Outside events had the potential to influence evidence given by witnesses. Following the ‘Dear Daughter’ programme in 1996, which documented allegations of abuse in Goldenbridge Industrial School, there was a flood of publicity about abuse in institutions. There were television programmes such as ‘States of Fear’, which were broadcast by RTE in April and May 1999 dealing with institutional abuse, which attracted enormous public interest and comment. The largest institutions such as Artane and Goldenbridge were often discussed in all the media, including the internet. Books of reminiscences appeared, and one major study, ‘Suffer the Little Children’ by Raftery and O’Sullivan,2 was published.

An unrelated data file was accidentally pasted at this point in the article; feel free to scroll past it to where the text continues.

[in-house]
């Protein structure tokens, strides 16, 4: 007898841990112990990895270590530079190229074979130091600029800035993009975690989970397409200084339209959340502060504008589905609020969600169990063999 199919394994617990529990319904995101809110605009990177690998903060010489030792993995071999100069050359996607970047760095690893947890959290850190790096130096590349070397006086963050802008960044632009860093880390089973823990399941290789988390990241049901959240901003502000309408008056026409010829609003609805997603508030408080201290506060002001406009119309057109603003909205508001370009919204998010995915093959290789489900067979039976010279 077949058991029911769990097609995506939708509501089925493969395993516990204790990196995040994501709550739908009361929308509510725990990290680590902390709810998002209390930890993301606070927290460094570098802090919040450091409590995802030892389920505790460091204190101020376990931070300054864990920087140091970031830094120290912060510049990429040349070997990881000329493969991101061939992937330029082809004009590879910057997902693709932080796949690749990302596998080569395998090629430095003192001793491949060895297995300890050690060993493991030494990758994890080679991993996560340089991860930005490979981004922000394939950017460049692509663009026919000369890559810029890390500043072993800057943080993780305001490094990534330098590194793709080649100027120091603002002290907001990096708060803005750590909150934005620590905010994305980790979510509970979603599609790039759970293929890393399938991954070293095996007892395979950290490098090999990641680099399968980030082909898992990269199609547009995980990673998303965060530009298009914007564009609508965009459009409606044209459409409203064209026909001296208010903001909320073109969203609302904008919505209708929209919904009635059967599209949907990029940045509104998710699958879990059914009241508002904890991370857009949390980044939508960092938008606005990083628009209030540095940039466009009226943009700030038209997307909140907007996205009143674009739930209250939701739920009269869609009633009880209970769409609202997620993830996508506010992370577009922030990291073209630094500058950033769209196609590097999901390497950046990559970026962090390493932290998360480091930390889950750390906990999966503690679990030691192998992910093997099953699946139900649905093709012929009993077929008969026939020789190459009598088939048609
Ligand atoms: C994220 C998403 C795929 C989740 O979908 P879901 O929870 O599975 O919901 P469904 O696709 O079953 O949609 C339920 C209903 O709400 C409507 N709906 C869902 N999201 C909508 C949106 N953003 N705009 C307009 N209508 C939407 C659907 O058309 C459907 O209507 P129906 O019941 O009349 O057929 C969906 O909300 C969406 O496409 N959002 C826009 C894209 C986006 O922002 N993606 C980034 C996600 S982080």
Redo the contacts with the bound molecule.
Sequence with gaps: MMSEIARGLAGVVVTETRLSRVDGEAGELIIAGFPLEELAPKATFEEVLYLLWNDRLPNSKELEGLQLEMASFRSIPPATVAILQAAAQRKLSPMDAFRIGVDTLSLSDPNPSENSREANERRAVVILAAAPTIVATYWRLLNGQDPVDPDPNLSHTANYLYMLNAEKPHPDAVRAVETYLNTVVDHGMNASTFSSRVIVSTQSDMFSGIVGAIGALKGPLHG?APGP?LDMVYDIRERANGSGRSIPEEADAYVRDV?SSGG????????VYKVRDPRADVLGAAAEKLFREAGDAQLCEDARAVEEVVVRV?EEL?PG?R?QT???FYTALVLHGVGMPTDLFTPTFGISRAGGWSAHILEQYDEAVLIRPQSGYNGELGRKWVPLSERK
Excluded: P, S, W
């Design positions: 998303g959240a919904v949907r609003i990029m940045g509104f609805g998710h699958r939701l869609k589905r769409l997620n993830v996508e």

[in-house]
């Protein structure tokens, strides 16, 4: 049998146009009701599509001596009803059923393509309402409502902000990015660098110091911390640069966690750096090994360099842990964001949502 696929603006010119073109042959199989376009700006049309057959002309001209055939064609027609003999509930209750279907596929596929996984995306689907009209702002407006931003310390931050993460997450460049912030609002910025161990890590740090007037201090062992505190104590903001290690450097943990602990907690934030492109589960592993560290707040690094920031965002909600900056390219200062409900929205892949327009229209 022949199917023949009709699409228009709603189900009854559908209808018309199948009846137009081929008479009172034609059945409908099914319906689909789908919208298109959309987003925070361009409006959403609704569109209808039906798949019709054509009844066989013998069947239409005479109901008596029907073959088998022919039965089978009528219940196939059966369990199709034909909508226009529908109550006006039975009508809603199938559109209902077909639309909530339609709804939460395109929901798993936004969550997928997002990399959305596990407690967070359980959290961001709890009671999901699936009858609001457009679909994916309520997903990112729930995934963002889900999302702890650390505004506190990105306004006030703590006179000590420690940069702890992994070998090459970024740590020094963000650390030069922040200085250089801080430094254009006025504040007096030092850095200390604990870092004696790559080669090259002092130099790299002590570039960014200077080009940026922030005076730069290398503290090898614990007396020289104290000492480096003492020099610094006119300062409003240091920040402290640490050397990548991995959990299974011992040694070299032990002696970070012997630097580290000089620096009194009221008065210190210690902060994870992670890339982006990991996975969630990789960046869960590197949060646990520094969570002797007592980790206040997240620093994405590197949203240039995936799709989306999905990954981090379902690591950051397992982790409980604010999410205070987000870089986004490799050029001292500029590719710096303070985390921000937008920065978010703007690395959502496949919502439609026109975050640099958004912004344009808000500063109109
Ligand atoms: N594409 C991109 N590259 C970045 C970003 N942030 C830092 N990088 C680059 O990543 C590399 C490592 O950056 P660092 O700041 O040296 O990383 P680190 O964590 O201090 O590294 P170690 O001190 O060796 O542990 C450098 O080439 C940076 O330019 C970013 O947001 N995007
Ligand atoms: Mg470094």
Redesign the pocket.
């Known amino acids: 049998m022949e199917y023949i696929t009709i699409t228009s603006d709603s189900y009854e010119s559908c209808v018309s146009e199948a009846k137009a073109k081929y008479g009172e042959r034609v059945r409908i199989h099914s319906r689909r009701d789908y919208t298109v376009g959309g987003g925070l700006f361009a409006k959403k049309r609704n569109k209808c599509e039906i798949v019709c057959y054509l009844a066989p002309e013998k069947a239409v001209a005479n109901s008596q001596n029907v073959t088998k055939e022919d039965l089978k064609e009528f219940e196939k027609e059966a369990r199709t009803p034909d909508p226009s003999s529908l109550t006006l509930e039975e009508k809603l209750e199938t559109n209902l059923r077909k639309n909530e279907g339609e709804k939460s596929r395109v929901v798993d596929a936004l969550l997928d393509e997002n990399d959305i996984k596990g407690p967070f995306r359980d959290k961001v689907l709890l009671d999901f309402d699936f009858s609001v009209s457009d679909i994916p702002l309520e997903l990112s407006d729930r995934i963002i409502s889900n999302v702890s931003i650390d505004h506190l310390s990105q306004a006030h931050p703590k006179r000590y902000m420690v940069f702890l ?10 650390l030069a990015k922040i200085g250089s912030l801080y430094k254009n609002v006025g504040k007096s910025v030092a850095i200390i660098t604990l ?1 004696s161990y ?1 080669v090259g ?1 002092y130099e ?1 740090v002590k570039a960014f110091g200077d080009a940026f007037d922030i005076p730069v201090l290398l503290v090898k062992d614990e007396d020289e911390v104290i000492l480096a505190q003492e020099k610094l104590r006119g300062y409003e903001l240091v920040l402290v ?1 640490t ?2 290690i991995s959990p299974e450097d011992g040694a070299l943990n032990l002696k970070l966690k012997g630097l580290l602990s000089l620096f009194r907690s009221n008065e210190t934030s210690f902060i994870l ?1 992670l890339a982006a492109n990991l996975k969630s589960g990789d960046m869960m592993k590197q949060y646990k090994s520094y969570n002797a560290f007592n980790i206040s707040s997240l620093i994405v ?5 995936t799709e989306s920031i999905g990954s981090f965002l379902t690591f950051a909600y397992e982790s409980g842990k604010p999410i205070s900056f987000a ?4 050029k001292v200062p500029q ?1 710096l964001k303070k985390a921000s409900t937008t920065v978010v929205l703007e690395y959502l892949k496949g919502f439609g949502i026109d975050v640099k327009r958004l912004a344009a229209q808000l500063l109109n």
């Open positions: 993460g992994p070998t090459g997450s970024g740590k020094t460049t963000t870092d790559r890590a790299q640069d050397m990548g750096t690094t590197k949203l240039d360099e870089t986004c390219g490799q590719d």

After an interruption, he continued: All I have got to say is that these schools are under the management of religious Orders, who are self-effacing people, and who do not require any commendation from me.
The position of the Congregation was that the first time they became aware of complaints about St Joseph’s was in October 1999, with the publication of Suffer the Little Children by Eoin O’Sullivan and Mary Raftery. In their Opening Statement the Congregation submitted: Allegations of abuse from former residents of St Joseph’s came as a source of deep shock to us, and particularly to the Sisters of the Dundalk Community, a number of whom had worked in the industrial school over the years, and were in regular contact with many former residents.